Seth Rogen, Chris Evans Learn the Truth About Gangster Movie Macaulay Culkin's Kevin Watches in 'Home Alone'

Seth Rogen dropped a Home Alone bombshell on Twitter this Christmas, and it went on to shock Chris Evans, Nick Kroll, Elijah Wood and several other celebrities.

Rogen set off a massive chain reaction this week while watching Home Alone. The comedian learned the little known fact that the black and white movie Kevin McAllister (Macaulay Culkin) watches and gets his catch phrase from is not actually real. Angels with Filthy Souls was created and filmed just to be a part of Home Alone, and is not actually an old gangster film in and of itself.

"My entire childhood, I thought the old timey movie that Kevin watches in Home Alone (Angels With Filthy Souls) was actually an old movie," wrote wrote incredulously on Christmas afternoon.

The post brought Twitter to a grinding halt. It became clear that Rogen was not the only one to make this assumption. His post got nearly 25,000 retweets, and responses from many other people who felt the same. Among, them were some big celebrities and long-time professionals in the entertainment business.

"IT'S NOT????" wrote Captain America actor Chris Evans.

Nick Kroll wrote back as well, and Rogen apologized sardonically for ruining the illusion for him.

"Yeah man. You deserved to find out in a better way than this," he wrote.

Late Show writer Daniel Kibblesmith chimed in as well, adding that he had been fooled even further by the sequel shown in Home Alone 2.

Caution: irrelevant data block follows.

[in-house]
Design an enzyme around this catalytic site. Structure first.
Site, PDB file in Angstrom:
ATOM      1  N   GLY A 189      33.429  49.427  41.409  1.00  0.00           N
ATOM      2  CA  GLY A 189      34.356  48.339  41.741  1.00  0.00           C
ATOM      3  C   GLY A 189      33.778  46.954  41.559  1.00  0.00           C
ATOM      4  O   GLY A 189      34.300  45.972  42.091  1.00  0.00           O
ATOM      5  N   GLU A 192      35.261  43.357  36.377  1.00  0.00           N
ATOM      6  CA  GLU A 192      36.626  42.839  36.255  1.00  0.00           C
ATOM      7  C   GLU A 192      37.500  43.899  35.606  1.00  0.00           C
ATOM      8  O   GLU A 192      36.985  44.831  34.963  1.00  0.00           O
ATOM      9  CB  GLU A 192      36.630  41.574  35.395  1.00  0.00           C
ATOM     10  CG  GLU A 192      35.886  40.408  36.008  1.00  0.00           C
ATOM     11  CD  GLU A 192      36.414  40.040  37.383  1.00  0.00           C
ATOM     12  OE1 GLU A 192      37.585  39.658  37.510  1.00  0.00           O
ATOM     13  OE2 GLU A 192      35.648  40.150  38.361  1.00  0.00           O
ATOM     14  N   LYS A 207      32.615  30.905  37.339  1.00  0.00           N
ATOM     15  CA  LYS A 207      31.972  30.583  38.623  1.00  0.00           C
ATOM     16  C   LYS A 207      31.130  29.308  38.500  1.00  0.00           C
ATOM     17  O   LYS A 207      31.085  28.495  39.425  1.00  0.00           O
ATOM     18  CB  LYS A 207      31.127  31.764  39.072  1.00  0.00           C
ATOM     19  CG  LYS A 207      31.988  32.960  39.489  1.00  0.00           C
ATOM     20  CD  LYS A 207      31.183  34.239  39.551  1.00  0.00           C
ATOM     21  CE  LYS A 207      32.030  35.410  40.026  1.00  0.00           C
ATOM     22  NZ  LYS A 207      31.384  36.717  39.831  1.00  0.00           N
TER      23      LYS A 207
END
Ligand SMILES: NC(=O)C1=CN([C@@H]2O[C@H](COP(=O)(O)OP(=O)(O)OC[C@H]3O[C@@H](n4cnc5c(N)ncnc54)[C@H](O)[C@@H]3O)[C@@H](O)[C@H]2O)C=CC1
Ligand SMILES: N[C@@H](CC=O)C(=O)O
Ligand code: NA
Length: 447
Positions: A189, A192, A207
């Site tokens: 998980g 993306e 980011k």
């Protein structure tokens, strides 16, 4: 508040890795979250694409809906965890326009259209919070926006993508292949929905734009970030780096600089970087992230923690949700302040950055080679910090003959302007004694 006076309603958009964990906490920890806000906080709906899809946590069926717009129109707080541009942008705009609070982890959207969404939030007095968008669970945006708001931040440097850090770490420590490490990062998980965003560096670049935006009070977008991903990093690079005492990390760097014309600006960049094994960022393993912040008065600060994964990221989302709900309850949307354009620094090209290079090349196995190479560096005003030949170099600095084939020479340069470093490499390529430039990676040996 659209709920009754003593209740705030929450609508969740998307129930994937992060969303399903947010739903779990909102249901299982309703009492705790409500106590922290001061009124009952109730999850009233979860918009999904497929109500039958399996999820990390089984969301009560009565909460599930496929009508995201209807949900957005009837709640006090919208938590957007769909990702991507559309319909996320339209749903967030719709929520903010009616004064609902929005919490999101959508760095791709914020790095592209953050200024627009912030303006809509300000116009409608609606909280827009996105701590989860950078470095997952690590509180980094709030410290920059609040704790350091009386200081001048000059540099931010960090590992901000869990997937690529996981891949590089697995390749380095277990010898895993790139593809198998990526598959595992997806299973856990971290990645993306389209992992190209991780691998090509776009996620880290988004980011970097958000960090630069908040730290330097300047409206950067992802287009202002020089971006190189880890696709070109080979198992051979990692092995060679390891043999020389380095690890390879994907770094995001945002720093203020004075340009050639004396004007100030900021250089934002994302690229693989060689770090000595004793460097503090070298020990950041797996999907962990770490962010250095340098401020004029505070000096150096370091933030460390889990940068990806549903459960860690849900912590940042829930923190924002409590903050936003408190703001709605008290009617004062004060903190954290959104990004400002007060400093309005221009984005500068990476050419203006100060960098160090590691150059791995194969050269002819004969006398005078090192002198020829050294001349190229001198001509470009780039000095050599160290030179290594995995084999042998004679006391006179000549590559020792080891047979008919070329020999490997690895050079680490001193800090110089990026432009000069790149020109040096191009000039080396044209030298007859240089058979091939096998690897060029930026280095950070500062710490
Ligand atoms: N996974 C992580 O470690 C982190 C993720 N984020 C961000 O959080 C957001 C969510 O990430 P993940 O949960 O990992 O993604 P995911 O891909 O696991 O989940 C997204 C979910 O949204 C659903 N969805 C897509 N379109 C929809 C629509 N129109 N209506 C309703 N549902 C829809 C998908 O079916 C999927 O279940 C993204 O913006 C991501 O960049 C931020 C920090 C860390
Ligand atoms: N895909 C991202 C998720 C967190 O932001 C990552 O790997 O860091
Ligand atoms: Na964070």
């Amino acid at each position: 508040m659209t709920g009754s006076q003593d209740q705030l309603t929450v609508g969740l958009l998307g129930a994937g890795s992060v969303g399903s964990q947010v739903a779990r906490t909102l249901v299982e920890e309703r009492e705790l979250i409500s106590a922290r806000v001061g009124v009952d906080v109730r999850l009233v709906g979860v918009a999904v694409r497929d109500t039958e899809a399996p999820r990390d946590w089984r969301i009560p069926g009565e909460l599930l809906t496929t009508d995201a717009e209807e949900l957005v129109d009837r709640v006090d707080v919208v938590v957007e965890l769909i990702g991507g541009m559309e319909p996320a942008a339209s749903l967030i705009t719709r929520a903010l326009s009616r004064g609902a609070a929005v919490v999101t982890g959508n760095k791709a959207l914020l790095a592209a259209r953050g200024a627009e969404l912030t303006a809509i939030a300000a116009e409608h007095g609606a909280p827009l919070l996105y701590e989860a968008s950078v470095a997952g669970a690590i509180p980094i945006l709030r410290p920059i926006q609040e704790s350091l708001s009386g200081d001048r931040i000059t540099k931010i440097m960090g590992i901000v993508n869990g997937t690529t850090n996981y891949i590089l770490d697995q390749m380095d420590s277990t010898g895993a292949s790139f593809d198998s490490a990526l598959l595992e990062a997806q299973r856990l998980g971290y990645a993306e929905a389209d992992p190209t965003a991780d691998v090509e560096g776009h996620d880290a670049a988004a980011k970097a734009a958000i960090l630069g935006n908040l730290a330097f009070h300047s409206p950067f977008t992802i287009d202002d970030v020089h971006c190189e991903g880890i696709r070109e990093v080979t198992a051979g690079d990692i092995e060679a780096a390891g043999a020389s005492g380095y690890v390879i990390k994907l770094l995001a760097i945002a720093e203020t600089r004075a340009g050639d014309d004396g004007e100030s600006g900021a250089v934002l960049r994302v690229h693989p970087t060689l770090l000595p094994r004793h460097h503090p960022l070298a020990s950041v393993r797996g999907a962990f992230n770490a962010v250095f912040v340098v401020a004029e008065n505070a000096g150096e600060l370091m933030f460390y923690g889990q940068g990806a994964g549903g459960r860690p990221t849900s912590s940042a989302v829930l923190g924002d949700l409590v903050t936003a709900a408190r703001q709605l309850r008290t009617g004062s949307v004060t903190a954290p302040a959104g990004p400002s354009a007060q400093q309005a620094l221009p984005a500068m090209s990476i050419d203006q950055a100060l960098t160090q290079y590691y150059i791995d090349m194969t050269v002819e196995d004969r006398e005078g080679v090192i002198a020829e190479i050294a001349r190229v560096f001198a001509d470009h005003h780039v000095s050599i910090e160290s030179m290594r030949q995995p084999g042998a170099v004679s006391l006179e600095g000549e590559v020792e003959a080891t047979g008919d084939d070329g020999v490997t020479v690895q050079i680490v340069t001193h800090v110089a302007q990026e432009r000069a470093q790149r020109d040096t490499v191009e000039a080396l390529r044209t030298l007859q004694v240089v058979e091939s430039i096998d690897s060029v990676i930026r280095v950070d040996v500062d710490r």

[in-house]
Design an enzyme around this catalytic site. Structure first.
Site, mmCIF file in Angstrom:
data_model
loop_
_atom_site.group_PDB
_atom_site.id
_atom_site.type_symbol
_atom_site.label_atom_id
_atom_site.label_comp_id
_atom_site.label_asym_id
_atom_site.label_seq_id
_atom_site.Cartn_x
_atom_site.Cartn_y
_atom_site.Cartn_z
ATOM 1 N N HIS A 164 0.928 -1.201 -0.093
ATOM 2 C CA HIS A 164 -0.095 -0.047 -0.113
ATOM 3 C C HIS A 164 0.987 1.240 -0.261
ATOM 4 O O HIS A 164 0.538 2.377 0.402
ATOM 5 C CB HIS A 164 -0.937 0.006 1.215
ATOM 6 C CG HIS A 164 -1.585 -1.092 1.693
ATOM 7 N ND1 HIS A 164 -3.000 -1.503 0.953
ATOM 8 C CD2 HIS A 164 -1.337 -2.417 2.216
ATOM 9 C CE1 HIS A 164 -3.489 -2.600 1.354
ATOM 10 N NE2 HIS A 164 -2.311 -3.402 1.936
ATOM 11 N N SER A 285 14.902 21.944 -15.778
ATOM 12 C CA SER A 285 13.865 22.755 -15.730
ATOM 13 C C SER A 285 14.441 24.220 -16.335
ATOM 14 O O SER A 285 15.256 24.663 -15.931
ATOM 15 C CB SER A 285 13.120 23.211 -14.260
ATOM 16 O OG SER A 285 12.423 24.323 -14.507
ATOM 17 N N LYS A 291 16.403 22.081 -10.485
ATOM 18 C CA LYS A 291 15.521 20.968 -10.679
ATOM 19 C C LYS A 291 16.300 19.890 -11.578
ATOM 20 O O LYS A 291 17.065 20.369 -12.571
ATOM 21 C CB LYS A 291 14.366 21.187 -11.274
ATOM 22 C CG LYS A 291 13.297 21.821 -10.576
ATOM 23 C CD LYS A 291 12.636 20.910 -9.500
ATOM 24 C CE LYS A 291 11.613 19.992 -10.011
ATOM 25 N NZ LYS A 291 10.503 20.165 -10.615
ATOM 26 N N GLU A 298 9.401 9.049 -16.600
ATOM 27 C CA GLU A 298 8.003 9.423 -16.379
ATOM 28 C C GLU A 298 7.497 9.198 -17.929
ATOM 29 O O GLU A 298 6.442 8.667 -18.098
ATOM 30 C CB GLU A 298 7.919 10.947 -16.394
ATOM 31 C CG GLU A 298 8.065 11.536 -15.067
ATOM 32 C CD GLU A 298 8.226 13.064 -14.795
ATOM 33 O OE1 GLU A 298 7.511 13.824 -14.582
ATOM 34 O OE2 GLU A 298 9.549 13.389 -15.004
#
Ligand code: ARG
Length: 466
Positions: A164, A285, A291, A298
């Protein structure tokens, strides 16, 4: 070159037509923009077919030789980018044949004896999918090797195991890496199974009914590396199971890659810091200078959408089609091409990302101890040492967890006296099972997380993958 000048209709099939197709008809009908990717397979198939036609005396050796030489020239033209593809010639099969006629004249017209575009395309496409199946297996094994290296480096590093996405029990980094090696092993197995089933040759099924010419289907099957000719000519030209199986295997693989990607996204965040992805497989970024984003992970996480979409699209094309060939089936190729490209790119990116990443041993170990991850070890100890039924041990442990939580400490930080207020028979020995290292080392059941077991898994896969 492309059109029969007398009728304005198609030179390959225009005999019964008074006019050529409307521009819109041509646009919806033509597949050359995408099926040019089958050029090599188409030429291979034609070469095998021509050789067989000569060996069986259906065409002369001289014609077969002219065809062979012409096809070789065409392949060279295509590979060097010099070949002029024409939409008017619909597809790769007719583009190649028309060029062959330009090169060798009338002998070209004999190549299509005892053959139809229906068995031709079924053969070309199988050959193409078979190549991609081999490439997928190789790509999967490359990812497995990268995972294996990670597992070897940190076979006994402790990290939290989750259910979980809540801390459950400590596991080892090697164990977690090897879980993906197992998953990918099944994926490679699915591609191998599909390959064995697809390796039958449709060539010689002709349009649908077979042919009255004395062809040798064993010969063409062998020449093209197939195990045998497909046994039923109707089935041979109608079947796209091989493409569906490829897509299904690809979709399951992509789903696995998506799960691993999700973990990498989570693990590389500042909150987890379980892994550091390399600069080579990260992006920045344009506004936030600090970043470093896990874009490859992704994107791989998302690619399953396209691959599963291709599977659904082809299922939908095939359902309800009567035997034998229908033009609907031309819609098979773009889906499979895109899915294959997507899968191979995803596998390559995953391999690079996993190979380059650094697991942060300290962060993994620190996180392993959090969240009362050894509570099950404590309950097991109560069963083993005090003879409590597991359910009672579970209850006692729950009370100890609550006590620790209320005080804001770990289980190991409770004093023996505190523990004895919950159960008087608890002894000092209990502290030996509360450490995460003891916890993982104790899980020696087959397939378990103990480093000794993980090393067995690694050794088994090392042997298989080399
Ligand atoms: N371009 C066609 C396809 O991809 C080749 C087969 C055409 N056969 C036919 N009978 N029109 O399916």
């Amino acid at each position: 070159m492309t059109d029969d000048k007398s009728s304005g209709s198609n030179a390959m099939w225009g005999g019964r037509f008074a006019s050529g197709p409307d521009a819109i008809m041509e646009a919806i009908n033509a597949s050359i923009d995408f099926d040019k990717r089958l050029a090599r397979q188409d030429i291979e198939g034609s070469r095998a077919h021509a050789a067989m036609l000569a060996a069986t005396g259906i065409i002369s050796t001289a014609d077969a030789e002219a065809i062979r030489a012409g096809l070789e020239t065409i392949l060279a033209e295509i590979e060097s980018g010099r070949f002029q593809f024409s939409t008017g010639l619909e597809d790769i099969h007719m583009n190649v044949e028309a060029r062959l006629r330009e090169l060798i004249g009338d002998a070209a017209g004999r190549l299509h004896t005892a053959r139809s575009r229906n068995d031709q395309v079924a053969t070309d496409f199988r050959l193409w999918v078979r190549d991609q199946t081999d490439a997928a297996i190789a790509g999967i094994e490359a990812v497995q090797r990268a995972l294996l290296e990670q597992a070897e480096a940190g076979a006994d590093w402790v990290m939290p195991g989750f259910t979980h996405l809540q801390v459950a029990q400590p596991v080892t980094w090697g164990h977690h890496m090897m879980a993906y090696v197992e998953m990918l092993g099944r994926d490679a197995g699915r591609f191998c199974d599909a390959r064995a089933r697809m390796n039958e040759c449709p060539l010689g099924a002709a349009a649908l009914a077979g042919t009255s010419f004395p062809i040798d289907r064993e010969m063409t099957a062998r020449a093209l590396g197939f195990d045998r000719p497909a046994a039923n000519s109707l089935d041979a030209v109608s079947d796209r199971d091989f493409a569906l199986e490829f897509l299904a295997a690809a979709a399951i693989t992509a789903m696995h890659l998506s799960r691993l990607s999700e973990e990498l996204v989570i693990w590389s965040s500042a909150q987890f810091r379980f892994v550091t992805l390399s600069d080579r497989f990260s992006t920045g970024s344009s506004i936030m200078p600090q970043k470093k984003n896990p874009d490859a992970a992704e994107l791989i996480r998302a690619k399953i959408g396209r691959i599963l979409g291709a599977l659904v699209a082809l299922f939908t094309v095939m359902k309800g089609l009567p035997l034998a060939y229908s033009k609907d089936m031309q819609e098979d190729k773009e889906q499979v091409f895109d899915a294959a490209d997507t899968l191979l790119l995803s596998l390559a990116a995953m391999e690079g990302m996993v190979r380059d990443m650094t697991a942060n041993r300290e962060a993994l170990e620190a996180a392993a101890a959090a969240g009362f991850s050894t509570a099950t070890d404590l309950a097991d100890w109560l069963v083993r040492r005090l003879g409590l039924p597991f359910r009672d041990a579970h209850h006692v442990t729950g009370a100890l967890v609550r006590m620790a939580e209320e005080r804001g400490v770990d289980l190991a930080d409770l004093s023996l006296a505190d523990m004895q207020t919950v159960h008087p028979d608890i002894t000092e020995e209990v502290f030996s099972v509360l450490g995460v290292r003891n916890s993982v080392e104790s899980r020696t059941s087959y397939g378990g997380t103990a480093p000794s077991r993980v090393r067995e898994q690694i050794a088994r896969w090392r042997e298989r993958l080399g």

"Me too. And then when the sequel came out and he watches the fake sequel, I thought, 'Oh, so that’s why they chose it. In case they made a Home Alone 2,'" he tweeted.

Other people whose minds were blown by Rogen's tweet included Frankie Muniz, Elijah Wood, rapper Lil Dicky, Rodney Rothman, co-director of Spider-Man: Into the Spiderverse and Josh Eppard, drummer of Coheed and Cambria.

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Angels with Filthy Souls serves a major centerpiece in Home Alone. Kevin watches the violent movie when he finds himself home without his parents -- presumably because he would not be allowed to otherwise. Later, he uses audio from the movie to intimidate the home invaders, and then drops his catchphrase: "Merry Christmas ya filthy animal" in a moment of triumph.

In reality, the clips from the vintage-looking gangster film were shot in one day, according to a report by Vanity Fair. The scenes were based heavily on the 1938 film Angels with Dirty Faces, but came more cheaply with the help of just two walls.